Of course, the racial politics are even worse. In episode 2, when we first meet Merle, he’s terrorizing a group of women and POC, who all have to wait for the main character to come and rescue them. Only the white men are allowed to be active agents here, for good or evil; women and POC are like children who need the white men to save them.

      I hate this show.


  2. L33tminion #

    So I’m surprised—wrong word; I’m ingrigued—to see Merle mouthing off, calling names, and making decisions which seem to be clearly against his own interest on the basis of racism.

    My impression of that scene was that Merle had been doing the “put aside differences and fight the common enemy” thing for some time, but that (in the absence of an immediate threat to life and limb) it was starting to grate on him. After all, The Walking Dead is about the long grind of the post-apocalypse.


    • dewfish #

      I agree with L33tminion. Merle was obviously a bigot his whole life, so even a zombie apocalypse isn’t going to change his view of the world. If anything, racists get more extreme in times like that, because they see it as an opportunity to finally rid the earth of “those people”. Ignorance doesn’t go away because people get in a bad situation.


  3. fenzel #

    Hey wrather-

    To answer your question about racial politics in the comic books, it’s definitely present, but it’s totally different.

    Merle and Daryl aren’t in the comic books. Neither are the Vatos (although I believe that episode was written by the guy who wrote the comic).

    Instead, you have two very major Black characters who just might show up next season – Rick’s right-hand man Tyrese (shane is killed really early – in like issue 4 of the comic, maybe 5, so there’s a vacancy), who is a former NFL player, and a Black woman named Maichone (sp?) who is a supreme sword-wielding badass.

    There’s a fair amount of typing going on – the black characters are very physically strong and brutish, they aren’t good at planning or logistics, and they survive effectively in the wilderness. The Black woman is very domineering and mannish, lifts weights, etc. There’s a sense that, as they see society breaking down, they revert to what they think they ought to be.

    A lot of the comic is dedicated to different attempts by survivors to rebuild society in one image or another, and while the comic never addresses racism head-on the way the show does, a lot of the models have racial subtext – can the black people date white people? Can they fit in in a small town? Do they integrate or keep to themselves?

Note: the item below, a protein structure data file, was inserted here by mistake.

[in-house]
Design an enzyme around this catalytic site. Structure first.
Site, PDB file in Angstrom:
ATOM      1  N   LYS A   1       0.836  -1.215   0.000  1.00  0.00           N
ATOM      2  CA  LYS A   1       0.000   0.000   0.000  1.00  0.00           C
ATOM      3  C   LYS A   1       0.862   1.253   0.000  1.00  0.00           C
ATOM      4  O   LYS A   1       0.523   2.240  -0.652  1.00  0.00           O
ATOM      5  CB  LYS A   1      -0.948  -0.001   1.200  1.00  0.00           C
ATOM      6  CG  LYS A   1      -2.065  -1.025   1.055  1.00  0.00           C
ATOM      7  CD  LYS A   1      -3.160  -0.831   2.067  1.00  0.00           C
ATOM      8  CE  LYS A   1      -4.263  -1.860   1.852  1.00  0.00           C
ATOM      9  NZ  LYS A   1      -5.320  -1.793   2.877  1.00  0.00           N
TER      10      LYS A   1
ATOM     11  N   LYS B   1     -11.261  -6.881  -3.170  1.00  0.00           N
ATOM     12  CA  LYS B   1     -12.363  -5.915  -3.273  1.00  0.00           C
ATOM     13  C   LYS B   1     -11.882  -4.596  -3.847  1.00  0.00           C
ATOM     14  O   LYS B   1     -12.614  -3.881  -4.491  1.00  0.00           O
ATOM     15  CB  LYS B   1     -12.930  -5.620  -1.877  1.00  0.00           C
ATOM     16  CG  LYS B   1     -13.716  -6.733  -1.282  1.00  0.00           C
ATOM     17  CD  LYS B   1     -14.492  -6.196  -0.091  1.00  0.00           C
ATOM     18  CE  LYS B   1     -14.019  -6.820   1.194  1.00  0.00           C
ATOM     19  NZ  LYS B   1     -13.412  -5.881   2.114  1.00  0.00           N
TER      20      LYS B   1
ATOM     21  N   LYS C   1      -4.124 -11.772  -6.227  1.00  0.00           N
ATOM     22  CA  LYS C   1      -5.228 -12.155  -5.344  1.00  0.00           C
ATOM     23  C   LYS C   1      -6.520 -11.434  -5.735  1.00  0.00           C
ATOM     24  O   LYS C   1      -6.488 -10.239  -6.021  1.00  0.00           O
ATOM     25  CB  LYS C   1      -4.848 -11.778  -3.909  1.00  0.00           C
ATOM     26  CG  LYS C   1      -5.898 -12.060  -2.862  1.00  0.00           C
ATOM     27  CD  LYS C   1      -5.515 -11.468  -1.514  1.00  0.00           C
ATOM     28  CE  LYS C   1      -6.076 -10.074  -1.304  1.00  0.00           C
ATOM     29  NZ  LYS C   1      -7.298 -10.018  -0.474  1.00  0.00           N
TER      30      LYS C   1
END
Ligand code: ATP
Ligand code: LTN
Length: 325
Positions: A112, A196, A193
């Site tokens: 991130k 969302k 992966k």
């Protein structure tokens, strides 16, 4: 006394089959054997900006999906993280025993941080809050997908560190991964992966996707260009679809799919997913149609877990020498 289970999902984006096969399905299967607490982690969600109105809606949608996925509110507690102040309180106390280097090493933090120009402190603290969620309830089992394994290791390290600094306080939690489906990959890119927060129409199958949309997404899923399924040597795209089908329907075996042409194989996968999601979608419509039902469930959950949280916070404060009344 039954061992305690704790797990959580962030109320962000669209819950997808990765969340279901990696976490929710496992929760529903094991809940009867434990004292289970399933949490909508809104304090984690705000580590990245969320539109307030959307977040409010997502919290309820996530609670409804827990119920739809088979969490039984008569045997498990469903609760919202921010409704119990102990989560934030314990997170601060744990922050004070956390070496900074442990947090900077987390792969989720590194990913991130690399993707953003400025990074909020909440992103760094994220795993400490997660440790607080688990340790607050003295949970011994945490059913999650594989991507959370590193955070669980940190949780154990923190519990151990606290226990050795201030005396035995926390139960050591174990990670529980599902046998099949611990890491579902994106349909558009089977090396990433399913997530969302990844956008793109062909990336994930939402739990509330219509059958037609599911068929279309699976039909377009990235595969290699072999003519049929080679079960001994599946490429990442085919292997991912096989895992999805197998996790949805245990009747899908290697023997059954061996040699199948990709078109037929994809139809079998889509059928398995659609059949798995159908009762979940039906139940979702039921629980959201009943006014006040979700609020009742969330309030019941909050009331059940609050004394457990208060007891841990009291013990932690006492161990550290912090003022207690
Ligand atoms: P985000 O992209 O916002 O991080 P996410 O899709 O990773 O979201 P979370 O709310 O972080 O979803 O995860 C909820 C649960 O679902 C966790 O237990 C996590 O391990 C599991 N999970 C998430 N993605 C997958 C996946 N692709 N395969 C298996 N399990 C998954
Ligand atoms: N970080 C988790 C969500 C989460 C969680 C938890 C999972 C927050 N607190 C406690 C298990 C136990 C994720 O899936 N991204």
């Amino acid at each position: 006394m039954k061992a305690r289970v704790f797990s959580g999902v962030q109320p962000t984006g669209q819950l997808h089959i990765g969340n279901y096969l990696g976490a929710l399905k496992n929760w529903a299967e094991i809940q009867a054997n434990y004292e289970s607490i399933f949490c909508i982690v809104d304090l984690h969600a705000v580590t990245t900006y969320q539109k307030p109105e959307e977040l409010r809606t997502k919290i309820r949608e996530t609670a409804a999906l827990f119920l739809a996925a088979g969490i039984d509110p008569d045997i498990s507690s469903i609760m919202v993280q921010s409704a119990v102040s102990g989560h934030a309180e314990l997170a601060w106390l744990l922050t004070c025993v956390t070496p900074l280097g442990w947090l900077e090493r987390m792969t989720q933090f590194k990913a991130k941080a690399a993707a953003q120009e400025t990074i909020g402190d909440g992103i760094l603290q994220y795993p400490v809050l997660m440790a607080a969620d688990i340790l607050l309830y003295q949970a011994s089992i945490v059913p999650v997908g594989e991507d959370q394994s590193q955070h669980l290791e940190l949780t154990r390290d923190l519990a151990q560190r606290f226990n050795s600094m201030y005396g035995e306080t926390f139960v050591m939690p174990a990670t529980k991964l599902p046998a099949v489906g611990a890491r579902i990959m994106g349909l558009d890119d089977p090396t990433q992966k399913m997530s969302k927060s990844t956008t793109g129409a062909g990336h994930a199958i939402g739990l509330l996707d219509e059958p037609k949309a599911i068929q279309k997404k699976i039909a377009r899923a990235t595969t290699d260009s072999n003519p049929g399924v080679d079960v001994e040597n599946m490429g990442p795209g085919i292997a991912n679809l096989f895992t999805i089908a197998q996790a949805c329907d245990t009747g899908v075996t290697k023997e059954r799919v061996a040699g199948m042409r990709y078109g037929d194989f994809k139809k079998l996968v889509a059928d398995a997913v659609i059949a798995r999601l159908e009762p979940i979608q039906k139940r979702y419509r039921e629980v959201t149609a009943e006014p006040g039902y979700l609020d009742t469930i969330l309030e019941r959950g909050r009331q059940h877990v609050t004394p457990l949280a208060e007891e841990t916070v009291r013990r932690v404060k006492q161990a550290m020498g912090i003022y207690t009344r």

Generally in the comic, people try to revert to their base nature – it’s what happens in zombie stories – circumstances bring out the flaws and problems people don’t like to talk about. But it isn’t a huge issue – it’s mostly demonstrated through example.

    Oh, and this being the awful side of humanity, there are some racially charged rape scenes that involve characters I haven’t mentioned who are not in the show.

    The character of Andrea (lady from the Shield on the show) is a much more interesting identity political character – because she’s a woman who, after losing her sister, becomes an expert sharpshooter. Her character goes to some very interesting places.

    But yeah, the comic book has more stereotypes, and the racial discourse is handled a little more subtly as a subset of things people revert to doing when they look for familiar stuff to fall back on.


  4. Jesse M #

    I’m still giving Walking Dead my provisional good will, although in these first six episodes it’s been deeply hit-and-miss. I see the racial and the gender politics as interrelated, and I see both as possible clues to one of the show’s major themes, and one of its possible departure points in the future.

    It seems to me that the show, up to this point, is about the characters becoming adrift, and clinging futilely to some deeply ingrained social constructs. In the face of total annihilation, Merle’s racism flares up. Shane becomes a possessive misogynist. The whole group falls back on feminized roles, like the women washing the clothes (which, by the way, almost immediately becomes a point of contention, thank you Rainicorn).

    The urban enclaves become superficially tribalist — the latino youth becomes territorial and militarized. However, if the rest of the show follows their example, we will eventually find even these primitive social models breaking down, and we’ll be left with individuals, either finding their human solidarity, or totally destroying themselves and one another.

    Hopefully, this ugly segregating and master-slave behavior vanishes as the characters get into the really brutal, bloody necessities of survival.